The decision came down last Thursday, and seemed to be a rare victory for Vermont's campaign finance law. Vermont Right To Life had sought to overturn reporting and disclosure requirements for political action committees. US Judge William Sessions dismissed the suit, prompting a brief and boastful press release from Attorney General Bill Sorrell:
The court's ruling provides resounding confirmation of the validity of Vermont's campaign finance disclosure laws and the state's ability to address Vermonter's (sic) concerns about the influence of money in politics.
It was so reported by the Associated Press' Lisa Rathke, and by Nancy Remsen on the Freeploid's* vtBuzz blog.
*My nickname for the new, "improved," tabloidy Burlington Free Press.
But not by Peter Hirschfeld of the Vermont Press Bureau. (Update: Article now available for free at the VPB website.)
But while Sessions upheld the contribution limits in this specific case, he said that if a political action committee operates independent of candidates, and organizations that contribute to them, then the $2,000 limit would likely fail constitutional muster.
In light of the U.S. Supreme Court's decision in the Citizens United case especially, Sessions said, any limit on independent expenditures will likely be found to violate the First Amendment.
...The decision could open the door to increased corporate spending on Vermont elections, which have yet to see the kind of super PAC activity now influencing national politics.
After the jump: further explanation, and the health of our news media.
According to Hirschfeld, VRLC's case was specifically tainted because it had failed to maintain proper distance between two political spending entities: its PAC, which makes direct contributions to candidates, and its Fund for Independent Political Expenditures (FIPE), which spends money on "independent" political activities.
VRLC argued that, because FIPE did not directly support candidates, it shouldn't be subject to the state's reporting requirements and its $2,000 limit on individual contributions. Sessions basically found VRLC guilty of sloppy bookkeeping -- failing to truly maintain FIPE's financial independence.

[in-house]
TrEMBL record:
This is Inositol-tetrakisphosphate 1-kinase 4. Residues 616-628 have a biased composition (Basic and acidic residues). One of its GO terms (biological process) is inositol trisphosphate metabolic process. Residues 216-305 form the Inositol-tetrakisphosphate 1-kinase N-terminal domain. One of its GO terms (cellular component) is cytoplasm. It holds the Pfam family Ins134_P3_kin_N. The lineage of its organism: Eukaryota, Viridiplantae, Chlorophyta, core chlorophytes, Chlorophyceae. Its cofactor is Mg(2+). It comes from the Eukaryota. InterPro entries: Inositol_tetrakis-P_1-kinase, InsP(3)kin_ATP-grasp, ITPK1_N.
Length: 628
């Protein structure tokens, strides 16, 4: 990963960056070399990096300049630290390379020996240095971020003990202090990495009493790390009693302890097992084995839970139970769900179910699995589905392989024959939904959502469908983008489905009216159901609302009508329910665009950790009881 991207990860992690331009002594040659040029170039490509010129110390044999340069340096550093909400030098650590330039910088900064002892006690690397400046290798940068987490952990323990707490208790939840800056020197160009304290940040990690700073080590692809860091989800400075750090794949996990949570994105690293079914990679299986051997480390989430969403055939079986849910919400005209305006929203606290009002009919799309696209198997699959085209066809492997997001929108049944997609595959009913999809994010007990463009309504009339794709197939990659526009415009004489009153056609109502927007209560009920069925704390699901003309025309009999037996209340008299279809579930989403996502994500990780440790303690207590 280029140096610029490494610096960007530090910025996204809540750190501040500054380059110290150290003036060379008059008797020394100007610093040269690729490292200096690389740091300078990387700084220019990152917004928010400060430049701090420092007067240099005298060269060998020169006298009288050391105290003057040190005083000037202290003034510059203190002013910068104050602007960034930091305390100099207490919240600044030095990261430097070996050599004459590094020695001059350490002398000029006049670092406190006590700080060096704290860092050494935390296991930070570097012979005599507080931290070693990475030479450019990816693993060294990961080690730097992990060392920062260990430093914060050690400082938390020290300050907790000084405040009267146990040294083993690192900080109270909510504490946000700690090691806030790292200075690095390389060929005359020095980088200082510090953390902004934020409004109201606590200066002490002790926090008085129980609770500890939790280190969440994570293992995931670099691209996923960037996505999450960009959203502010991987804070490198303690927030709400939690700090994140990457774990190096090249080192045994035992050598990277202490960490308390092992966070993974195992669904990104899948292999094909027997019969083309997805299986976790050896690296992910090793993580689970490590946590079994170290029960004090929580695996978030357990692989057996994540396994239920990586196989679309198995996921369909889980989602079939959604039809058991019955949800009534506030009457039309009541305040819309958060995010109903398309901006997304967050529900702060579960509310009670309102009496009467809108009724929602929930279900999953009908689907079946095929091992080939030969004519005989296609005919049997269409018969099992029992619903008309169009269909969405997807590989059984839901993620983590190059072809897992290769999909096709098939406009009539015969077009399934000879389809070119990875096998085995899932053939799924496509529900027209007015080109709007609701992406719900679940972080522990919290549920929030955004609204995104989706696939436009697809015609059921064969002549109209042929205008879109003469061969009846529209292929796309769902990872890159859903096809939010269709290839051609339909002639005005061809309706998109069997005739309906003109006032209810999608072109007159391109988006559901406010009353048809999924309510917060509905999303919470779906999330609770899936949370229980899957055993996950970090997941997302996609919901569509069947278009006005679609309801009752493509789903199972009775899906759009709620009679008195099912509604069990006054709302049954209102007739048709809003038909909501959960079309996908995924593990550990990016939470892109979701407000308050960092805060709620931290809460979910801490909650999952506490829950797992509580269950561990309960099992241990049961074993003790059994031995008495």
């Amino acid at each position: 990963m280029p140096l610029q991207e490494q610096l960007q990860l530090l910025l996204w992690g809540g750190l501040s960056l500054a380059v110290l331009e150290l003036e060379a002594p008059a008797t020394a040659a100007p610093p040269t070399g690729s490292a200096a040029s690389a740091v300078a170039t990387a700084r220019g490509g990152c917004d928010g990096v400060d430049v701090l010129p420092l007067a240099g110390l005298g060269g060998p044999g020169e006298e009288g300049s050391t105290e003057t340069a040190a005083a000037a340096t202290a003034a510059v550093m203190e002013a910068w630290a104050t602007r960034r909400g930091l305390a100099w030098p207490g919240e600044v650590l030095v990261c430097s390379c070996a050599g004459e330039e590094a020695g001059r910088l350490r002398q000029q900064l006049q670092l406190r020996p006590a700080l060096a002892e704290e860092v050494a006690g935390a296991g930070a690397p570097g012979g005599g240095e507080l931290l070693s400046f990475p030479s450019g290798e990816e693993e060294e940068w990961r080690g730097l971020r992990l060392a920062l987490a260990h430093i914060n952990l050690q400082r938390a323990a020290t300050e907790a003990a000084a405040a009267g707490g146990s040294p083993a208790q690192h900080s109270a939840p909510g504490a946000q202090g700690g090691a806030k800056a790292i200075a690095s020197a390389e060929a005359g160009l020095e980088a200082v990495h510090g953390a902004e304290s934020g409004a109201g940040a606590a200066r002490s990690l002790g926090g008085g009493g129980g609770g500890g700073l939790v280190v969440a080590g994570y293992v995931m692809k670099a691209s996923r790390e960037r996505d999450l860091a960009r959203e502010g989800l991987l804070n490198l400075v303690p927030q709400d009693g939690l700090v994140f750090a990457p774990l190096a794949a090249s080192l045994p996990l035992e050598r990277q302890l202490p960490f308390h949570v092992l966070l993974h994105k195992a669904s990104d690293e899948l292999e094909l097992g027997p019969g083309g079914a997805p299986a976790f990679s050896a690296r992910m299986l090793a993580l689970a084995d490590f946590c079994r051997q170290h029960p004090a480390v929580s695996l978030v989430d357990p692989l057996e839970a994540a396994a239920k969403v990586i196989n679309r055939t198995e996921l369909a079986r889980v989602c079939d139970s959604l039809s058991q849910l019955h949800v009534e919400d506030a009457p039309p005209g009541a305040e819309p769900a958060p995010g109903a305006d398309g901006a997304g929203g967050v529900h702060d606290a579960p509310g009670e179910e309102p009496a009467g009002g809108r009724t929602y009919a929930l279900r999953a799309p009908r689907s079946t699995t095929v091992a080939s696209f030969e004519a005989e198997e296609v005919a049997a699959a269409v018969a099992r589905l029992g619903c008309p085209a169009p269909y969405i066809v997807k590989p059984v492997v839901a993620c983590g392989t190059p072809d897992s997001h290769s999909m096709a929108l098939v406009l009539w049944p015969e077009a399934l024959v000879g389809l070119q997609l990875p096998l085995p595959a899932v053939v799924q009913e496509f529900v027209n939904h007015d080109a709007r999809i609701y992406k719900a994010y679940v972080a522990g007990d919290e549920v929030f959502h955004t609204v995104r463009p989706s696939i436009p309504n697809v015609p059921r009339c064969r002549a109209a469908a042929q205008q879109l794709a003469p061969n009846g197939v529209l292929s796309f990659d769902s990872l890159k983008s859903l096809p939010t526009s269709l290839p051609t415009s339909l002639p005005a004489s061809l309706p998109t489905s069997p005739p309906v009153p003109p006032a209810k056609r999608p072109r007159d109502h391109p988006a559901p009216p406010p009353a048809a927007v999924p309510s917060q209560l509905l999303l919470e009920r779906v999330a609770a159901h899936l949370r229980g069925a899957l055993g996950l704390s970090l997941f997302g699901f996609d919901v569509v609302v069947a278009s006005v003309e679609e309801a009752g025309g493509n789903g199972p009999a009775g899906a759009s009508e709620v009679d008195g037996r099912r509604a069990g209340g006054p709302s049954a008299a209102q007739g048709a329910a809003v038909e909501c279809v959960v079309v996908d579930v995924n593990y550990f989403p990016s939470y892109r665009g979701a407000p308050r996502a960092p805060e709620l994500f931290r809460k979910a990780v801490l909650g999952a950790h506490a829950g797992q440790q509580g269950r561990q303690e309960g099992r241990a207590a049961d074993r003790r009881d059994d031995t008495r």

So it was a victory, but a narrow, procedural one. Sessions upheld the letter of the law, but he gave everyone a clear blueprint for how to circumvent its spirit. And that could open the door to more "independent" money in state politics. (And, as I pointed out in a previous diary, it doesn't take a lot of money to create a strong presence on our political scene.)
This story is another example of how difficult it is to regulate political spending in a post-Citizens United landscape. It is also a rather astounding example of how shallow and unreliable Vermont's news media have become. The Associated Press' story failed to mention the broader implications of the ruling. The AP is the sole source for most other media outlets, including VPR, which offered only a brief AP rewrite in its newscast. The Freeploid, as far as I can tell, never published or posted a full writeup of the decision; its only coverage was in vtBuzz, an entry Remsen admitted was "based on a quick skim." She promised "more reaction and analysis to come," but it hasn't come yet. Makes me wonder if the Freeploid has cut back on (or, as Jim Fogler would say, "improved") its coverage of state politics. VTDigger, which does its level best with limited resources, did not cover the story at all -- except to post Sorrell's celebratory press release.
Only Peter Hirschfeld of the VPB reported the full story -- and his account is hidden behind a paywall, where most Vermonters will never see it.
Makes me wonder how many other stories are going unreported, or underreported. And with the economics of the business still in decline, it makes me wonder how much worse our news coverage is going to get.